My usual reflex when I get a new Twitter follower is to block anyone I don’t know personally who has a Twitter slut ratio of at least 2 to 1. The Twitter slut ratio is calculated by dividing the "following" number by the "followers" number. Most new Twitter followers these days are spammers or attention whores trying to sucker users with low internal bullshit detection meters into following them.
(I don’t believe it’s proper Twitter etiquette to follow anyone who follows you. I do believe it’s proper Twitter usage to follow people you genuinely want to follow.)
Today, I said I didn’t want to return the Season 2 DVD set of Eureka I bought impulsively last week. I need the cash though, and maybe when I’m a little more flush, I’ll reinvest.
Then a Twitter user named _S_A_R_A_H started following me. I was about ready to block _S_A_R_A_H when I noticed the Twitter slut ratio was roughly 1 to 1. Then I read _S_A_R_A_H’s "About Me" info and realized it’s the Self Actuated Residential Automated Habitat from Eureka. In other words, it’s Sheriff Carter’s house! _S_A_R_A_H is following me on Twitter!
OK, this kind of thing would be considered Pepsi Blue on Metafilter, but still — the folks who market Eureka are incredibly clever. For the first season, they spoofed infomercials with products designed in Eureka. Now, an intelligent house is using Twitter to keep in touch with viewers.
I already like the show, but this kind of fan outreach is just cool.
Of course, now I’d feel bad if I returned that Season 2 DVD set.
I wasn’t much into Transformers when I was a kid, because I was far more into Robotech. So I wasn’t terribly upset — or even interested, for that matter — when Transformers became a live-action movie.
But now I learn that Tobey Maguire is attached to a big-screen adaptation of Robotech, so says Hollywood Reporter. FTW?
I think now I can empathize.
Yes, this site and my sad movie site are the neglected children next to its oldest brethren. (Yeah, I think the last movie I watched in a theater was Borat.) I kept posting there instead of spreading myself evenly, thereby missing the chance to comment on a number of news items of late.
So now I have to play catch up. And I still haven’t even weighed in on the season finales.
A show that doesn’t get high ratings may get canceled, but a boxed set of that show selling tens of thousands of copies could be considered a success, so reports the Boston Globe.
As a result, some pretty obscure shows are coming out on DVD, and if enough folks who watched them the first time buy those sets, they can be profitable.
Myself, I wouldn’t mind the second season of Boomtown hitting DVD. And will we ever see the ABC cyberpunk series Max Headroom on DVD? I would get that in a heartbeat.
I have the Food Network listed as one of my favorite channels on TiVo, even though I’m a lousy cook. (People think I’m being funny when I say I can make myself ill with my own cooking.)
Food Network is kind of like VH-1 — somewhere you might want to stop by occasionally during a marathon of channel surfing between commercials. The only show I watch on Food Network is Good Eats, and sometimes I’ll take in an Iron Chef when Bravo, TNT and USA are Law & Order-less.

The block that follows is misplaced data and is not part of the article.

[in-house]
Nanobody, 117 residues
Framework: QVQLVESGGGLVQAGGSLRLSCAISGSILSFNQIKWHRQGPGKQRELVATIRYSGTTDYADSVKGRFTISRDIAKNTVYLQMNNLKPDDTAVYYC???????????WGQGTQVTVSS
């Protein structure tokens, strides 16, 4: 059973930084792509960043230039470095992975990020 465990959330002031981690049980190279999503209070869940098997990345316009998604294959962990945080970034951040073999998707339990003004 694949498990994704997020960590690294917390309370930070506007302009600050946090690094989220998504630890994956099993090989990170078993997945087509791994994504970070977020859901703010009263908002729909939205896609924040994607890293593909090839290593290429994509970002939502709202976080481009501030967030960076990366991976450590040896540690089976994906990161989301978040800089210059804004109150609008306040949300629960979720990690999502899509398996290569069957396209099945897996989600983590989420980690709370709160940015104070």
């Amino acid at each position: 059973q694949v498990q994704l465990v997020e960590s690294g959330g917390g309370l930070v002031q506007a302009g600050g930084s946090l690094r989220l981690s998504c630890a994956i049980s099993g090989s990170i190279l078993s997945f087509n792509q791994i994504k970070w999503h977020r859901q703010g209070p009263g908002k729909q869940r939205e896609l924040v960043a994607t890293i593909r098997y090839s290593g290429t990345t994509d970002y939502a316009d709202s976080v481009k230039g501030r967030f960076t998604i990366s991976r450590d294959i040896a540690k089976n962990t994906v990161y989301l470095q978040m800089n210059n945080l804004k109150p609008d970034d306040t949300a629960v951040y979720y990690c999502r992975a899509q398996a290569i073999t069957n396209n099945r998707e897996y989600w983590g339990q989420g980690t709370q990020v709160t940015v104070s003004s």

So imagine my surprise when I discovered I’m not the only 18- to 34-year-old viewer who watches Food Network. In fact, it’s surprisingly successful with that most envied of demographics.
I fall into the viewership who are more interested in the network’s personalities than the food programming itself. In my case, it’s Alton Brown — oh, the crush I have on that man!
Unlike other niche networks, Food Network manages to tap into programming trends without losing focus on the food. It’s got game shows (Iron Chef, Food Network Challenge), comedies (Ham on the Street, Good Eats), reality (Ace of Cakes) and a slew of non-fiction programming (Unwrapped, The Secret Life of …).
The only thing it doesn’t do is scripted drama — no syndication of Kitchen Confidential, thank you very much.
Does the Golf Channel or CourtTV offer the same kind of programming? I wouldn’t know because I watch neither one. I like the criminal justice system to a point, and I have no interest in golf. But everyone has to eat, and Food Network is essentially broadcasting people playing with food. Who wouldn’t like that?
This week the Advocate puts John Stamos on its cover. Stamos plays gay in an upcoming movie for A&E titled Wedding Wars.
That’s not what got my attention.
It was the publicity shot of Stamos and Sean Maher of Firefly looking rather domestic. And Maher was wearing a rainbow-colored lei with his shirt unbuttoned.
I called it! I don’t care that this movie is on A&E — I want to see Maher do gay. Too bad it isn’t with Jamie Bamber. Those two would make a good on-screen couple.
When I saw the headline that Neil Patrick Harris came out of the closet, I was surprised. Then the surprise wore off, and I was left with an odd sense of deja vu.
Hadn’t I already learned about this news from a long while back? I thought I had, but I couldn’t remember from where.
I always thought Harris would do a great job playing a gay character, and I guess now it wouldn’t be so much of an act. He’s not exactly on my hot list, but I’ve always found his handsomeness less boyish than what’s generally perceived. What surprised me more was finding out I’m a year older than he is. Damn, what have I been doing with my life?
Harris is the third big coming out story of the year (yes, I’m counting T.R. Knight.) In terms of child actors from the ’80s and ’90s, that makes three — Chad Allen, Danny Pinaturo and now, Neil Patrick Harris. Who’s next?